2 thoughts on “Minn. Attorney General Keith Ellison Says He Doesn’t Want Police Officers Responding To Rape Calls

  1. Dave Rubin

    BLACK CRIMES MATTER
    Despite being only 13.5% of the population and Black males between 16-26 make up 4% of the Black community, 4% Black males commit:
    52% of all Murder and Manslaughter
    52% of all Murder and Manslaughter
    52% of all Murder and Manslaughter
    52% of all Murder and Manslaughter
    31% of all Rapes
    31% of all Rapes
    31% of all Rapes
    31% of all Rapes

    56% of all Robbery
    34% of all Aggravated assault
    30% of all Burglary
    29% of all Larceny-theft
    30% of all Motor vehicle theft
    23% of all Arson
    39% of all Violent crime
    29% of all Property crime
    32% of all “Other assaults”
    34% of all Forgery and Counterfeiting
    32% of all Fraud
    35% of all Embezzlement
    30% of all Stolen property buying, receiving, possessing
    26% of all Vandalism
    40% of all Weapon carrying and possessing
    41% of all Prostitution and commercialized vice
    25% of all Sex offenses (rape and prostitution excluded, see above)
    30% of all Drug abuse
    67% of all Gambling
    33% of all Offenses against family and children
    13% of all Driving under the influence
    15% of all Liquor laws
    16% of all Drunkenness
    35% of all Disorderly conduct
    32% of all Vagrancy
    30% of all “All other offenses except traffic”
    37% of all Suspicion
    45% of all Curfew and loitering law violations

    https://www.fbi.gov/about-us/c jis/ucr/crime-in-the-u.s/2013/ crime-in-the-u.s.-2013/tables/ table-43

    Like

    Reply
  2. Dave Rubin

    WHY DON’T BLACKS PROTEST WHEN BLACKS SLAUGHTER OTHER BLACKS?
    THE BLACK HOLOCAUST
    JOHN W. FOUNTAIN
    author@johnwfountain.com
    Last Modified: May 6, 2012
    Imagine Soldier Field beyond capacity, brimming with 63,879 young African-American men, ages 18 to 24 — more than U.S. losses in the entire Vietnam conflict. Imagine the University of Michigan’s football stadium — the largest in the U.S. — filled to its limit of 109,901 with black men, age 25 and older. Now add 28,223 more — together totaling more than U.S. deaths in World War I.

    Picture two UIC Pavilions packed with 12,658 Trayvon Martins — black boys, ages 14 to 17 — nearly twice the number of U.S. lives lost in Iraq and Afghanistan. Now picture all of them dead. The national tally of black males 14 and older murdered in America from 1976 through 2005, according to U.S. Bureau of Justice statistics: 214,661. The numbers tell only part of the story of this largely urban war, where the victims bear an uncanny resemblance to their killers. A war of brother against brother, filled with wanton and automatic gunfire, even in the light of day, on neighborhood streets, where little boys make mud pies, schoolgirls jump rope, where the innocent are caught in the crossfire, where the spirit of murder blows like the wind. It is, so far, a ceaseless war in which guns are often the weapon of choice, and the finger on the trigger of the gun pointed at a black male is most often another black male’s.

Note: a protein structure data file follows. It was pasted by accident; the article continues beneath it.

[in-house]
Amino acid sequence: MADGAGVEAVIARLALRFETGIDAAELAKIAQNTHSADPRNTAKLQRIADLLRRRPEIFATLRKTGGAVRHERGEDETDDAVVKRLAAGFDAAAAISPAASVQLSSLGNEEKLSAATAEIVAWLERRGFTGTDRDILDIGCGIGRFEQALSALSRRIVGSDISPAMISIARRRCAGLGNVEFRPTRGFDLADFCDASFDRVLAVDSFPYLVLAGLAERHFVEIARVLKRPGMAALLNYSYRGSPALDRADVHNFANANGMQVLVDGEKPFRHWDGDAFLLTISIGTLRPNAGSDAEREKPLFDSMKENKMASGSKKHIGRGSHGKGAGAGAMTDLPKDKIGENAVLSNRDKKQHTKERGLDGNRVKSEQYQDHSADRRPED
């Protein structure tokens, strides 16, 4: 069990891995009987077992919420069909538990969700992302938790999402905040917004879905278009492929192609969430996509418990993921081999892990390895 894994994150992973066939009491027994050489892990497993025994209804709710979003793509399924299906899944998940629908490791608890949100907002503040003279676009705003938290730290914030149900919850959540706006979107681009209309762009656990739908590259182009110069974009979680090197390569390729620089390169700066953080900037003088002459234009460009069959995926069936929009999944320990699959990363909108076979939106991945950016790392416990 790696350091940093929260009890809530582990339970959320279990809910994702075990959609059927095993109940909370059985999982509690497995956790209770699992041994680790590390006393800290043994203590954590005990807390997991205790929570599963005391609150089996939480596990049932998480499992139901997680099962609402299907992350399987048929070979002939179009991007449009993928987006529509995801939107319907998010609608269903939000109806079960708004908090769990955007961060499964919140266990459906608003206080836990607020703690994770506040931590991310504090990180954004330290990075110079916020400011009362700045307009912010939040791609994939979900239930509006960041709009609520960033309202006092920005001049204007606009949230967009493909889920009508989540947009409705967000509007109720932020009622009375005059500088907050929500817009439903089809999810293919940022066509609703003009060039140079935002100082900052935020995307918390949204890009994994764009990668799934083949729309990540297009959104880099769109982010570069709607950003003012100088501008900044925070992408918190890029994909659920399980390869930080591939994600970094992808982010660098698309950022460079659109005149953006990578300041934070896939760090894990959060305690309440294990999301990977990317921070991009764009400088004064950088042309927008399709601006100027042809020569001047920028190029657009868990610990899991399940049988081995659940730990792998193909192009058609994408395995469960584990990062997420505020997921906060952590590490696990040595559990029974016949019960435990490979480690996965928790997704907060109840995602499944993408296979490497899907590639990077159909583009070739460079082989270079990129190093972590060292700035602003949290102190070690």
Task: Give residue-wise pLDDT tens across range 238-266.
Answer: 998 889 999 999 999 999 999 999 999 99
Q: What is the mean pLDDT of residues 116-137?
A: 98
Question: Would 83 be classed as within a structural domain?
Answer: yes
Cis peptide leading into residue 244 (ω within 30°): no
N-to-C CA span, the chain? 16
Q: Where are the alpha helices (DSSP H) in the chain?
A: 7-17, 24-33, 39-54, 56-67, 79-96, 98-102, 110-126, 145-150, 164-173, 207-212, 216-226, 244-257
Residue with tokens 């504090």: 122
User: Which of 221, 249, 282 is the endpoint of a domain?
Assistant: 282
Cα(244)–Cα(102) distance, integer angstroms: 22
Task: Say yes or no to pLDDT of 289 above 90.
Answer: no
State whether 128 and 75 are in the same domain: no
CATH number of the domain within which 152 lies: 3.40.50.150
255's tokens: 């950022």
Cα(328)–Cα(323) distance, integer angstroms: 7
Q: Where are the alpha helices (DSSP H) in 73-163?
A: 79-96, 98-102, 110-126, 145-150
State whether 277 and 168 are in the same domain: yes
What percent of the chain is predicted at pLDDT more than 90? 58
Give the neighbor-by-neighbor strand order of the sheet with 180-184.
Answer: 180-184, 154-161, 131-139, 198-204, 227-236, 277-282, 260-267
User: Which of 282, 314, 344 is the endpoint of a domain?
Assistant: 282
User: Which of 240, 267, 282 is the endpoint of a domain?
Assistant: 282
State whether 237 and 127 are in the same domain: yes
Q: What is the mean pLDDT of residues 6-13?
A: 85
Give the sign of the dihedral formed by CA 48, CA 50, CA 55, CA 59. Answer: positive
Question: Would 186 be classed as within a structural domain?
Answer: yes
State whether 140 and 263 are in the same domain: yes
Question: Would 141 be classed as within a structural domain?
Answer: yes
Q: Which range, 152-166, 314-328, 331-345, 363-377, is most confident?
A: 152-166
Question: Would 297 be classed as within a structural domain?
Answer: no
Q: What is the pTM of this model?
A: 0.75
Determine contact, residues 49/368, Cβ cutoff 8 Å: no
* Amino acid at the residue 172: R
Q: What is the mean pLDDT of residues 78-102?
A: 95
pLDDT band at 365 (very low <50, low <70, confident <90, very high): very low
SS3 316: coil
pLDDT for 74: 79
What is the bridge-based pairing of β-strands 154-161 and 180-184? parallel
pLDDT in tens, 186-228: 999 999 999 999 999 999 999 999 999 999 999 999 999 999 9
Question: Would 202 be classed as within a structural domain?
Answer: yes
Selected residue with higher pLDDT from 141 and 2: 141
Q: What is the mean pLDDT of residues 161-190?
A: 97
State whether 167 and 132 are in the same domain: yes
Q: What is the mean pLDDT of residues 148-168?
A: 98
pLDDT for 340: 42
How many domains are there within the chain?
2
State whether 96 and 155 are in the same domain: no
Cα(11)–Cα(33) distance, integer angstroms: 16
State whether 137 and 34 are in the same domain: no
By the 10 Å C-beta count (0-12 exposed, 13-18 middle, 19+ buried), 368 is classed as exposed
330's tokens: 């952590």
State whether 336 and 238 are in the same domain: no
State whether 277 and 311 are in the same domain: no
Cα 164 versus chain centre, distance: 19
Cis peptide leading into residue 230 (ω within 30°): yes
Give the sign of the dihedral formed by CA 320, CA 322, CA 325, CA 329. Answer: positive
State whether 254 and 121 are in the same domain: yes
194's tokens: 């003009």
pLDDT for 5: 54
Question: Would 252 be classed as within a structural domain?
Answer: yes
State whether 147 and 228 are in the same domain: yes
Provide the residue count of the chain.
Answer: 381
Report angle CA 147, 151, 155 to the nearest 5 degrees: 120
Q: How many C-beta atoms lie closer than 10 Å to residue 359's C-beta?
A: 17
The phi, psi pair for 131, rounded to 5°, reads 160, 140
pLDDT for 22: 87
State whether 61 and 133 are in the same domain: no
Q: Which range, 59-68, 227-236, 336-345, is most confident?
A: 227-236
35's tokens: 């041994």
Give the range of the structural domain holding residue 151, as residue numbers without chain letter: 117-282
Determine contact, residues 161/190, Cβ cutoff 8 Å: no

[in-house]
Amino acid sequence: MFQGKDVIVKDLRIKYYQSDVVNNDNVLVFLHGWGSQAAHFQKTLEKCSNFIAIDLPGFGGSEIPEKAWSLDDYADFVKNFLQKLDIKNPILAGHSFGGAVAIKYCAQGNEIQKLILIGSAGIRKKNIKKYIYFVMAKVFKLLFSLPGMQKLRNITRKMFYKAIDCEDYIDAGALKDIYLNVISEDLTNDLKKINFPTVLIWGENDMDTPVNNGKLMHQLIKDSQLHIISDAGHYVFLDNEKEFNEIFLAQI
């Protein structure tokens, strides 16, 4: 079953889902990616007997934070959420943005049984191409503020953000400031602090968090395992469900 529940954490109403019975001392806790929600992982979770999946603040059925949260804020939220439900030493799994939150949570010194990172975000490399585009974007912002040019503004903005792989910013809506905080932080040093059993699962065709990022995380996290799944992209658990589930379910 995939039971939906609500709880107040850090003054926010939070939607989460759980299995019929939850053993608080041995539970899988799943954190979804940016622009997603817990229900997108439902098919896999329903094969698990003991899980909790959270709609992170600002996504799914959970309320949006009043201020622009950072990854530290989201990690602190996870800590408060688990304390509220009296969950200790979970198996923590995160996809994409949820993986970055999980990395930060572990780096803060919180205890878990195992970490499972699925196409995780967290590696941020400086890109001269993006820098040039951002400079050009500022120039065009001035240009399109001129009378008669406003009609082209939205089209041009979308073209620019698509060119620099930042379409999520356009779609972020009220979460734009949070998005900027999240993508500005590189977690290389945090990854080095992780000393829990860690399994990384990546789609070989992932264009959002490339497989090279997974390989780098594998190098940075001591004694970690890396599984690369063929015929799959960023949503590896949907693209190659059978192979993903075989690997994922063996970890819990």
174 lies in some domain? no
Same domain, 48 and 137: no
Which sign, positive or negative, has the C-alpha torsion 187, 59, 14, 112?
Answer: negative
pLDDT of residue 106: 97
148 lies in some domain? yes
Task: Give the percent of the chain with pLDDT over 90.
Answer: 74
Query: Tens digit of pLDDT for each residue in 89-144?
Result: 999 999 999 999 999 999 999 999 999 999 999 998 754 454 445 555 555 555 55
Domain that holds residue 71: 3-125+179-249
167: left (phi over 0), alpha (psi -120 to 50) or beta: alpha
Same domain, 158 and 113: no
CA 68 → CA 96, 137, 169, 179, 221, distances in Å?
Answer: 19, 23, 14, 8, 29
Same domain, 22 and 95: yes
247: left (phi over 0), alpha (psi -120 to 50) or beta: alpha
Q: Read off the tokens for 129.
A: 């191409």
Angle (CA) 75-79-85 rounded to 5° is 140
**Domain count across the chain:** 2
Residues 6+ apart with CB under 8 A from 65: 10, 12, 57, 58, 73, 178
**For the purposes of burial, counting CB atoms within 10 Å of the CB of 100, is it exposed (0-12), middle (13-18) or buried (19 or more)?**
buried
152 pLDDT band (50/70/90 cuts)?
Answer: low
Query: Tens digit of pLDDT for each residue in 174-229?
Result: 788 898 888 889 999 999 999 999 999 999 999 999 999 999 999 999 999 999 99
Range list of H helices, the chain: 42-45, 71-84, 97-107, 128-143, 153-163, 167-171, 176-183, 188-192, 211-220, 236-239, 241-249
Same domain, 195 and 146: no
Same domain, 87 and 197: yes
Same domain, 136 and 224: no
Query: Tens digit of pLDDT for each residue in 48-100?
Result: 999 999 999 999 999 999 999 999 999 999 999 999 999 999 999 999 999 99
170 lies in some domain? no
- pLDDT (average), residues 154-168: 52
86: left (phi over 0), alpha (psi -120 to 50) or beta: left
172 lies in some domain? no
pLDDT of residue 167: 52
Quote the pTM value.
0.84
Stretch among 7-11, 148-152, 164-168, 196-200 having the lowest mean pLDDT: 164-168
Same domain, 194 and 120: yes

The numbers alone are enough to make me cry — to wonder why — we as African Americans will march en masse over one slain by someone who is not black, and yet sit silent over the hundreds of thousands of us obliterated from this mortal world by someone black like us, like me. It is a numbing truth borne out by hard facts: From 1980 through 2008, 93% of black victims were killed by blacks. Translation: For every Trayvon Martin killed by someone not black, nine other blacks were murdered by someone black.

    In 2005, — blacks — accounted for 13% of the U.S. population but 49% of all homicides. The numbers are staggering, the loss incomprehensible. Add to the tally of black males 14 and older slain across the country from 1976 to 2005, another 29,335 (slain from 2006 to 2010), and their national body count rises to 243,996, representing 82% of all black homicides for that 35-year period. What also becomes clear is this: We too often have raised killers. And this war is claiming our sons. But that’s still not the end of the story. Add to that number 51,892 black females ages 14 and older, plus five whose gender was not identifiable, and the total, not counting children, is 295,893 — more than the combined U.S. losses of World War I, the Vietnam, Korean and Mexican-American wars, the War of 1812 and the American Revolutionary War.

    Is the blood of these sons and daughters somehow less American? Two hundred ninety-five thousand eight hundred ninety-three . . . Imagine the United Center, Wrigley Field, U.S. Cellular Field and Soldier Field nearly all filled simultaneously with black boys, girls, men and women. Now imagine that twice over. Now imagine them all dead. As far as I can see, that’s at least 295,893 reasons to cry. And it is cause enough for reticent churches, for communities, for lackadaisical leaders, for all people — no matter our race, color or creed — to find the collective will and the moral resolve to stamp out this human rights atrocity occurring right under our noses. Just imagine the human carnage and the toll to us all if we don’t.
    I can’t. I won’t.
    JOHN W. FOUNTAIN

    Like

    Reply

Leave a Reply

Fill in your details below or click an icon to log in:

WordPress.com Logo

You are commenting using your WordPress.com account. Log Out /  Change )

Google photo

You are commenting using your Google account. Log Out /  Change )

Twitter picture

You are commenting using your Twitter account. Log Out /  Change )

Facebook photo

You are commenting using your Facebook account. Log Out /  Change )

Connecting to %s

This site uses Akismet to reduce spam. Learn how your comment data is processed.